PEN/Hemingway Award-winner Bobbie Ann Mason turns her acumen on one of 20th-century America's most mysterious icons, The King himself. This new biography eschews sensational speculation to paint a thoughtfully researched but wholly felt portrait of the man-child, simultaneously naive and shrewd, who metamorphosed into a hero, one of the most popular and least supported characters in American history.
In 1955, at age 20, Elvis provoked his first near-riot when he sang at a baseball park in Jacksonville. Inspired by black gospel quartets and mentored by producer Sam Phillips, Elvis blended hillbilly music with rhythm and blues in a synthesis that defined a new direction for popular music. Mason's book gets at the consciousness of the icon and of the cultural climate that made him one.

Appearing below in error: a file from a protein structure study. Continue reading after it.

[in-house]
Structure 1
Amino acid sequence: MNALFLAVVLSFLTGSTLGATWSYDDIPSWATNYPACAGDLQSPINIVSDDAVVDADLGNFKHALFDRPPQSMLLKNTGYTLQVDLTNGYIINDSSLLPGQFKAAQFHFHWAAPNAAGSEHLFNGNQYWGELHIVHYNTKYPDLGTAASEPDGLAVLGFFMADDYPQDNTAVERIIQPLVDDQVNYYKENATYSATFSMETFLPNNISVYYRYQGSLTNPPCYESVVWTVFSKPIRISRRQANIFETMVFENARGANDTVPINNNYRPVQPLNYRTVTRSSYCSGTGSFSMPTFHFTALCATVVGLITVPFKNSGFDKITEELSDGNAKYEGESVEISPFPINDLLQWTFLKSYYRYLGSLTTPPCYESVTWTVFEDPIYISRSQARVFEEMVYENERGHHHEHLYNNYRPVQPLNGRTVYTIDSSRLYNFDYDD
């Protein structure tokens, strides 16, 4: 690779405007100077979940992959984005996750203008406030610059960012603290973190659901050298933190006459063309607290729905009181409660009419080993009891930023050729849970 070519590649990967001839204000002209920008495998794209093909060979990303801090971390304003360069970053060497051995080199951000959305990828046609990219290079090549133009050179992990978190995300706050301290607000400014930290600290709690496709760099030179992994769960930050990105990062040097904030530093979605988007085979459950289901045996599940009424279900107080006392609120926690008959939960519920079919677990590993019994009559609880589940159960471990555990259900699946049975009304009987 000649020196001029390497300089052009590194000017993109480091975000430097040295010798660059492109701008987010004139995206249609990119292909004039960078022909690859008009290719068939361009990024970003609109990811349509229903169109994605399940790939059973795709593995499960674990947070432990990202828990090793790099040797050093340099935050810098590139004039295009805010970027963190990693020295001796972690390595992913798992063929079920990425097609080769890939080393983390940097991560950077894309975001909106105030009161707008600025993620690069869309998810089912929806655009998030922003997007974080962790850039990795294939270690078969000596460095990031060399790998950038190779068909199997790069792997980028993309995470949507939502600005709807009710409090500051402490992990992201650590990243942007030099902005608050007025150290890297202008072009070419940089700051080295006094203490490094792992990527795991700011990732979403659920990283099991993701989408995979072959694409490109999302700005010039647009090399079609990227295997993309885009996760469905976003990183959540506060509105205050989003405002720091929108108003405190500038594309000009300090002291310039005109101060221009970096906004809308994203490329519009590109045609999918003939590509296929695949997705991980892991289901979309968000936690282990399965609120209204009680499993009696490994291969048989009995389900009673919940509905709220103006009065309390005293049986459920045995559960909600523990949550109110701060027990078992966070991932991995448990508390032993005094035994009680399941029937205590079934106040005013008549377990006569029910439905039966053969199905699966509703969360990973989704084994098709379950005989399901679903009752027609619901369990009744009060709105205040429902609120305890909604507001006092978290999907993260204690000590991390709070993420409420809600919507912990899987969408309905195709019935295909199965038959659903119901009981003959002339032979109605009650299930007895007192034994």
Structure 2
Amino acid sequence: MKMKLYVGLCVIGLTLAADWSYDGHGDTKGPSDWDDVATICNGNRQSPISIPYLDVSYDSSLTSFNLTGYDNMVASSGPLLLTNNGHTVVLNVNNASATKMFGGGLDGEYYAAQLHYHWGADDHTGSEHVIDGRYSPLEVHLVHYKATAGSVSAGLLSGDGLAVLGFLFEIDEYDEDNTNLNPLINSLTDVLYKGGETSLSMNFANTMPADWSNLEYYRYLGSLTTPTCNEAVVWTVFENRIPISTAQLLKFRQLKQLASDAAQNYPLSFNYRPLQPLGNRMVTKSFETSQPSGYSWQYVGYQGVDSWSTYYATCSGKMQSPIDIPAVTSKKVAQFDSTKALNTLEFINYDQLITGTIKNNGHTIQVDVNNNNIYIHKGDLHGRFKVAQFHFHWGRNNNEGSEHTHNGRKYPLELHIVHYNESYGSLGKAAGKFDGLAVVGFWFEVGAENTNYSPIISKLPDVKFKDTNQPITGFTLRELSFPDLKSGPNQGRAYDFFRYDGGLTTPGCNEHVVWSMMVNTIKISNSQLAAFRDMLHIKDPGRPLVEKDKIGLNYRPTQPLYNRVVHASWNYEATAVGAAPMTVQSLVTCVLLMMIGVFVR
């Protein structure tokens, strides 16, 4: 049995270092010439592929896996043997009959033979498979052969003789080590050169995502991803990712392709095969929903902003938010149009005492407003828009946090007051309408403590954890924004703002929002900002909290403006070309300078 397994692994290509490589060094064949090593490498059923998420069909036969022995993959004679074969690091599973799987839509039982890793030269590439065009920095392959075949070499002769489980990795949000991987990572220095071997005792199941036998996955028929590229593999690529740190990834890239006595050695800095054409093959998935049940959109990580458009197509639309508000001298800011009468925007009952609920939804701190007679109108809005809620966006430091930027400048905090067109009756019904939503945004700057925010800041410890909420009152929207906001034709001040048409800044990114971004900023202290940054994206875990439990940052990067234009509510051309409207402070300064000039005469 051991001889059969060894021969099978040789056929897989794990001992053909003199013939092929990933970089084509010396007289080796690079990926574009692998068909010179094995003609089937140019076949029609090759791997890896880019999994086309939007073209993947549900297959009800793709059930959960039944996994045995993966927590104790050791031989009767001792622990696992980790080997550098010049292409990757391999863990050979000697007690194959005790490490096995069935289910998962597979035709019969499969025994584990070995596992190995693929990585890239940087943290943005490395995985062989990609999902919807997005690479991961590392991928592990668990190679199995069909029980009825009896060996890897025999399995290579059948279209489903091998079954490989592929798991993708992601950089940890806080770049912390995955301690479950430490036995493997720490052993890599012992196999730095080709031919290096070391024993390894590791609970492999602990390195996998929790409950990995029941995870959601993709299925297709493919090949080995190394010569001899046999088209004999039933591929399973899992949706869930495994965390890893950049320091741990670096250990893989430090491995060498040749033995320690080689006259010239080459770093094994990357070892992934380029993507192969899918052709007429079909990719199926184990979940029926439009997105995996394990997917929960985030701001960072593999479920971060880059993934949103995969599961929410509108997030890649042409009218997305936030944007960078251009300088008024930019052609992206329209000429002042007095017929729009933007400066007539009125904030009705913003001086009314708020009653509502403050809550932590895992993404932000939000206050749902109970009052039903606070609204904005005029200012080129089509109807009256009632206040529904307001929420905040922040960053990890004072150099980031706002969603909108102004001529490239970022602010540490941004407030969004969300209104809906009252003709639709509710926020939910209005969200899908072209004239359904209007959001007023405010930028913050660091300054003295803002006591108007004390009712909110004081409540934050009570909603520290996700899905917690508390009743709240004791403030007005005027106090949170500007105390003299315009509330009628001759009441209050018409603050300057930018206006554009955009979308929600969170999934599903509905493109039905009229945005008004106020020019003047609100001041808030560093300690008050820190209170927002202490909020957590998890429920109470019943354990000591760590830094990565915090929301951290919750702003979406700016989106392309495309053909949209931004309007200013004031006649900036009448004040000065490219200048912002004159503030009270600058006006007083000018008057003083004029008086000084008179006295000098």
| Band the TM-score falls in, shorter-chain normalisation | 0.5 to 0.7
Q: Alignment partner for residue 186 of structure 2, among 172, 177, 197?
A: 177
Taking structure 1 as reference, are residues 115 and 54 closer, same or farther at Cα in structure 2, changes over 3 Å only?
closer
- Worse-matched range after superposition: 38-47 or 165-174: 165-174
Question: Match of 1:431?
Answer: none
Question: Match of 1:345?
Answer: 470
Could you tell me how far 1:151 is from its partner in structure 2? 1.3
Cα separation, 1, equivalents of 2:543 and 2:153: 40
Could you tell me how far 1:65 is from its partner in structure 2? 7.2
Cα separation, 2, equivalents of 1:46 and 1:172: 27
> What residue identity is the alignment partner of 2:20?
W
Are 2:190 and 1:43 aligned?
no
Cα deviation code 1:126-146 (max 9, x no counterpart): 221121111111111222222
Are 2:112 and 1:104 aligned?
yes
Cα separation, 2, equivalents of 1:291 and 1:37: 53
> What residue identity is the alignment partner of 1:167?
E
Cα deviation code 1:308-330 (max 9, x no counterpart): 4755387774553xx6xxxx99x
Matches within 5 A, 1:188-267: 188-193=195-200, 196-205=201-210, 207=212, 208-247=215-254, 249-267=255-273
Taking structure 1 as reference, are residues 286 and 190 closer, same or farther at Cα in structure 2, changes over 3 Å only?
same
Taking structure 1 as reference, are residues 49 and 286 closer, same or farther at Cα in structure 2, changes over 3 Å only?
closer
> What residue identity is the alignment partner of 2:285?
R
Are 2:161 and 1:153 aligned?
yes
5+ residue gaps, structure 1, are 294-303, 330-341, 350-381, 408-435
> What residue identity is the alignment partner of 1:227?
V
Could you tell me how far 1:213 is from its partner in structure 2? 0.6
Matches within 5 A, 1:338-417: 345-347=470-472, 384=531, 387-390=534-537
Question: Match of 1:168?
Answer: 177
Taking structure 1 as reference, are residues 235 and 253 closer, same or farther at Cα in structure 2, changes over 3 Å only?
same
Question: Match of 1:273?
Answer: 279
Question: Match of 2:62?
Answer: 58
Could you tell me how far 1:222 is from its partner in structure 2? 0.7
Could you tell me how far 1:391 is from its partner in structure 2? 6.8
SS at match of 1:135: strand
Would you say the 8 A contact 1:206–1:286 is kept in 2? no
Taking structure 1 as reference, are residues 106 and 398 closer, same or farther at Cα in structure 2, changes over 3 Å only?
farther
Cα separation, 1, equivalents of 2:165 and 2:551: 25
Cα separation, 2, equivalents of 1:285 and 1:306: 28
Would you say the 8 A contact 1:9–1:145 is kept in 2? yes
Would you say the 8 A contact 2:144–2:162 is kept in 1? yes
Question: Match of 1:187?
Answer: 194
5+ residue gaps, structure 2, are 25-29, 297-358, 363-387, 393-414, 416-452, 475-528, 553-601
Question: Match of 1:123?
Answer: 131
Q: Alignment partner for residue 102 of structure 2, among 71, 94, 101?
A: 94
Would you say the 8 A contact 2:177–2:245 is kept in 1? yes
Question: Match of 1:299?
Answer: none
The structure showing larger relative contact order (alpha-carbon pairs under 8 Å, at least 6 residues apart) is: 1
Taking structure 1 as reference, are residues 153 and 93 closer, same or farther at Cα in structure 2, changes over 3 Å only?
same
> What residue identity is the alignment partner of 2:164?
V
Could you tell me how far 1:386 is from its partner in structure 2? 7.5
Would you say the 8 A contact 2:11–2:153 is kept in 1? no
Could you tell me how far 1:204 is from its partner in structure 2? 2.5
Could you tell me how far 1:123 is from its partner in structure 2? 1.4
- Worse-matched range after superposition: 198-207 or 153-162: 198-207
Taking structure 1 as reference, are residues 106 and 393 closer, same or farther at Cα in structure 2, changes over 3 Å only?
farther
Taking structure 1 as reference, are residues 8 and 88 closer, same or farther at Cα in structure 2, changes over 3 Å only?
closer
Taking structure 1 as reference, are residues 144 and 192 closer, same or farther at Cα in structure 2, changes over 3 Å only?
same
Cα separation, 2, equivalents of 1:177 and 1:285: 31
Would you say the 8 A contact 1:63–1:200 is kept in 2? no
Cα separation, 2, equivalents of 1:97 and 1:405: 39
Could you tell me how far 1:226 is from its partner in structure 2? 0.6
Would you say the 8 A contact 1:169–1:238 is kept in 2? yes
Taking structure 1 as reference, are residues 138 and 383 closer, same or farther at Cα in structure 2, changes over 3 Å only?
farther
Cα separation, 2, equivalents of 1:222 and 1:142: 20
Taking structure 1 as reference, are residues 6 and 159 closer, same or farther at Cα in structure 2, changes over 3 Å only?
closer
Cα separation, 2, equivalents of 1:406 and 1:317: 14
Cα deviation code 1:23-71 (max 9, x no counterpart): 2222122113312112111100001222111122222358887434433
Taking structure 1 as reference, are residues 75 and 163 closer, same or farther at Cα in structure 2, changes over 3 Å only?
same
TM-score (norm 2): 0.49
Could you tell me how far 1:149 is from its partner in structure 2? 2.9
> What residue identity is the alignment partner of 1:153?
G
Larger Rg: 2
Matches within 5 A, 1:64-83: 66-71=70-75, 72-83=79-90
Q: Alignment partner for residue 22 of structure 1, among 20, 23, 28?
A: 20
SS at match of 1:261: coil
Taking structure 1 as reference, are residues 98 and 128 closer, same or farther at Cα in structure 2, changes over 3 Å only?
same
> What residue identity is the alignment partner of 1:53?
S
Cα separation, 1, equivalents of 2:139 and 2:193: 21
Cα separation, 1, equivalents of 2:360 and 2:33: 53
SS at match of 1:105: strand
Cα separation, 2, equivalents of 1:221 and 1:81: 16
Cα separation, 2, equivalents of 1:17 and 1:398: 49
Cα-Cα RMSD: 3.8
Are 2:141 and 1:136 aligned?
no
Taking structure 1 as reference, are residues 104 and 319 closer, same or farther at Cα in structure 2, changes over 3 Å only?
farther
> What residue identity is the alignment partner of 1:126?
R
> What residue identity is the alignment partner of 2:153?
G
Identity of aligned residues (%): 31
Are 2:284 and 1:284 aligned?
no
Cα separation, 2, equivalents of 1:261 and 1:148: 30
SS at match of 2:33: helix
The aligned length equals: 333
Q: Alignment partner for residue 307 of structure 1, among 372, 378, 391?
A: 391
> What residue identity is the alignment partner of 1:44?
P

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slow but informative